“In a certain city there was a judge who neither feared God nor had respect for people. In that city there was a widow who kept coming to him and saying, ‘Grant me justice against my opponent.’ For a while he refused; but later he said to himself, ‘Though I have no fear of God and no respect for anyone, yet because this widow keeps bothering me, I will grant her justice, so that she may not wear me out by continually coming.’” (Luke 18:2-5, NRSV)
The judge refused to hear the widow because he could; there was no man to represent her. Jesus’s teaching on divorce was much stricter than the Pharisees with whom he is often depicted as arguing.
“And I say to you, whoever divorces his wife, except for unchastity, and marries another commits adultery.” His disciples said to him, “If such is the case of a man with his wife, it is better not to marry.” (Matt 19:9-10, NRSV)
“Unchastity” here refers to adultery. Otherwise, Jesus found no reasonable excuse for divorce. His disciples found that teaching hard to swallow since divorce was allowed not only by Torah (Deut 24:1-4) but by the prevailing religious teachers of Jesus’s day (Matt 19:3-8). Jesus’s halakha depended on Genesis and God’s originally making man and woman for each other (Gen 1:27).
Paul, writing primarily to Gentiles, agreed that marriage was good but was more concerned for the holiness of his flock. They could not be holy if they were aflame with passion (1 Cor 7:36). Marriage was the God-given solution to this problem. But for those who could exercise self-control, celibacy was to be preferred so as to focus all one’s energies on preparing oneself for the coming New Age (1 Cor 7:29-32).
Paul took Jesus’s view about divorce (1 Cor 7:10, 27) even extending it to those Gentiles who found themselves in mixed marriages, that is when a new Christ-follower could not encourage their spouse to join in their faith (1 Cor 7:12-17). If the unbelieving spouse wanted out, however, divorce was allowable. Remember that these were illicit marriages. They could be terminated by verbal agreement. But just as a little yeast leavens the entire dough (1 Cor 5:6), a believing spouse, Paul thought, might save their unbelieving partner.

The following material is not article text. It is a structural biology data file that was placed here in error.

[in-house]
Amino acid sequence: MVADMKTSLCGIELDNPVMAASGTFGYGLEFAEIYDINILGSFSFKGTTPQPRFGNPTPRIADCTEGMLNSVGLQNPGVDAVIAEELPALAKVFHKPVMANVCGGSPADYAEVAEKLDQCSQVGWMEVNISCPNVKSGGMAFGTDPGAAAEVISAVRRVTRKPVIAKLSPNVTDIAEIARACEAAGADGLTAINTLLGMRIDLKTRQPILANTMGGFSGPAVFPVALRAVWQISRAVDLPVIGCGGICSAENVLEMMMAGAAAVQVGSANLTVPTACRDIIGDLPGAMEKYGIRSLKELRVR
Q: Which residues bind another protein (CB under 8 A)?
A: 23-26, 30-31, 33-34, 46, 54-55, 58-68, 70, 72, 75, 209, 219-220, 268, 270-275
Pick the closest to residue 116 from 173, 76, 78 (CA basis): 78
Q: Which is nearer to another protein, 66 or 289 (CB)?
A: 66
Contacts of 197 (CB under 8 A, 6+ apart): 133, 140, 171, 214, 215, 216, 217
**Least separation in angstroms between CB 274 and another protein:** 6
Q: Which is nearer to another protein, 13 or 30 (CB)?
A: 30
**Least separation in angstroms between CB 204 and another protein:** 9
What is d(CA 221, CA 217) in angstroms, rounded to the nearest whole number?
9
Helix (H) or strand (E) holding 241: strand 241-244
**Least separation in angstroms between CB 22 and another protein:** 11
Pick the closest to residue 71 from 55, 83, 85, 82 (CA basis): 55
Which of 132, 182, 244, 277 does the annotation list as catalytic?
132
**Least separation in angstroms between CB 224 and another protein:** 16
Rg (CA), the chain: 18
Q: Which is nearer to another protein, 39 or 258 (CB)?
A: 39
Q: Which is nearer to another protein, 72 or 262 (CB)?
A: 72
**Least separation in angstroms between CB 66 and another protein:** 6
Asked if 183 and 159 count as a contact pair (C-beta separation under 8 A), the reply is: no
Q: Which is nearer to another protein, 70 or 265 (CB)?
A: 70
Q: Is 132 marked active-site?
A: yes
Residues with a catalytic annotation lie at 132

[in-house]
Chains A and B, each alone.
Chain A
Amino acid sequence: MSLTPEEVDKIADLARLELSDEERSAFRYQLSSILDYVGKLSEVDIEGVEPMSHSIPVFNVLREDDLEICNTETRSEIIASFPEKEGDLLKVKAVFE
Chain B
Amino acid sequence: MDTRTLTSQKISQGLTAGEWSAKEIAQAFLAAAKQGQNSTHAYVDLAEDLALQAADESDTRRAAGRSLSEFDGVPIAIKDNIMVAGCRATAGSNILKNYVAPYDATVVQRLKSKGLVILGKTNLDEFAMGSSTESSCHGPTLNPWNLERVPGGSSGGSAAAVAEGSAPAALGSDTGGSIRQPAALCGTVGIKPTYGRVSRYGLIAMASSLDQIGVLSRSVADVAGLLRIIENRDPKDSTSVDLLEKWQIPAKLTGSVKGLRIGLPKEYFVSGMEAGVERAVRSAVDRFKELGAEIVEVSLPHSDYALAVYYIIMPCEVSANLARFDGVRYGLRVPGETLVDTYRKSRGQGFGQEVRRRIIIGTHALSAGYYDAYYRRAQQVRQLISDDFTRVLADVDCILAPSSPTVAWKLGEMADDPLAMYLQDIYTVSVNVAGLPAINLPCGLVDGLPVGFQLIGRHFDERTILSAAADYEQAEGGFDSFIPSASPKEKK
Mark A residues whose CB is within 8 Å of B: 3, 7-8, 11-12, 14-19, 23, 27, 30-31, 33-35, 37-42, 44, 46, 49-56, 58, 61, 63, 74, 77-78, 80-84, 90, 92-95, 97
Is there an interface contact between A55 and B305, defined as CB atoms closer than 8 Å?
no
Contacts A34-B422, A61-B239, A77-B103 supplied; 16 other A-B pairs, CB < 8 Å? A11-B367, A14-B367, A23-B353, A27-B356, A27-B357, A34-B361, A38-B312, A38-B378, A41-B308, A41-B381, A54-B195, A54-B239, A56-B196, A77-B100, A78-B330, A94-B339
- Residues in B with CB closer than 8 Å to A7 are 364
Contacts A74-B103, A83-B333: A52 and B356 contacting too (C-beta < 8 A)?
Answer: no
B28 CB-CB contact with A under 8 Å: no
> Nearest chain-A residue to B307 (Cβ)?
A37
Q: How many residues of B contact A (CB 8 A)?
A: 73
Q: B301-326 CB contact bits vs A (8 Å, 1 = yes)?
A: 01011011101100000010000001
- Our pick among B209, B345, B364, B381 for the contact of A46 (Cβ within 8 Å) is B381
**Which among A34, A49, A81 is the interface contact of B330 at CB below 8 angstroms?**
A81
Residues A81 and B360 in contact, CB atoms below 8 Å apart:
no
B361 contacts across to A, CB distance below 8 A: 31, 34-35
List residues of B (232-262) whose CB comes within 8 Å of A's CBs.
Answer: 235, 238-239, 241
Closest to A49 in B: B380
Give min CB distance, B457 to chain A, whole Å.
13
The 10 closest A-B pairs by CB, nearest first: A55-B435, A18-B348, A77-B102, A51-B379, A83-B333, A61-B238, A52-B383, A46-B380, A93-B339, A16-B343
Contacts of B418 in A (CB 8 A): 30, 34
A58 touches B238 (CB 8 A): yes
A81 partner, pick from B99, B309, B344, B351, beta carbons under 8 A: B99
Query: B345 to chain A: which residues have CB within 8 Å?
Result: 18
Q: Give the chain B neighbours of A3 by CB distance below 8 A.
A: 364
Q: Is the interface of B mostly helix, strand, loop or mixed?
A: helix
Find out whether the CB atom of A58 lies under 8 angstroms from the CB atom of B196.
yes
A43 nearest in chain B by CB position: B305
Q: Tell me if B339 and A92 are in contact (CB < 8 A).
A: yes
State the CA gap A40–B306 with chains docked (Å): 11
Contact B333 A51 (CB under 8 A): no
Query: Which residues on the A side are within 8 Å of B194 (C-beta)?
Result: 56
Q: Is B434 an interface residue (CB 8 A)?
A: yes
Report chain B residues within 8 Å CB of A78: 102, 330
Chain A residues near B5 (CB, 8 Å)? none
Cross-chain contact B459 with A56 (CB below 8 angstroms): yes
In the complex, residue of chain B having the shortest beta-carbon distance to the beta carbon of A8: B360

Spouses were not always or primarily separated by divorce however. Mortality rates were high in the first century. Women frequently died in childbirth. Men, who tended to marry later in life than women, died before their wives. It was extremely common for men and women to be married multiple times during their lives. Such a grim reality might help us understand the story of the Samaritan woman who had been married five times (John 4:18). While the number seems excessive, it is totally conceivable in a world full of disease, nearly non-existent medical care, and low life expectancy. That the man she was currently with was not her husband need not lead to the accusation of immorality on her part. She may have been the concubine (not a prostitute) of a man of higher social status (a citizen?) rendering marriage impossible. Even the phrase “the one you have now” need not even refer to a sexual relationship. The Samaritan woman was clearly held in some esteem by her community. The text reports that the people dropped everything to follow her back to Jesus after she suggested that he might be the messiah.
We should always be reminded that the world of the New Testament is not our world. We need to read the New Testament with as much insight into the culture and beliefs of the people who wrote it and about whom it was written. Only that way can we avoid interpreting the text one way when it might in fact have said something quite different.
If you would like to dig deeper into the cultural background of the New Testament, I can recommend two excellent books.
The World of the New Testament: Cultural, Social, and Historical Contexts edited by Joel B. Green and Lee Martin McDonald (Grand Rapids: Baker, 2013)
Peoples of the New Testament World: An Illustrated Guide by William A Simmons (Peabody, MA: Hendrickson, 2008)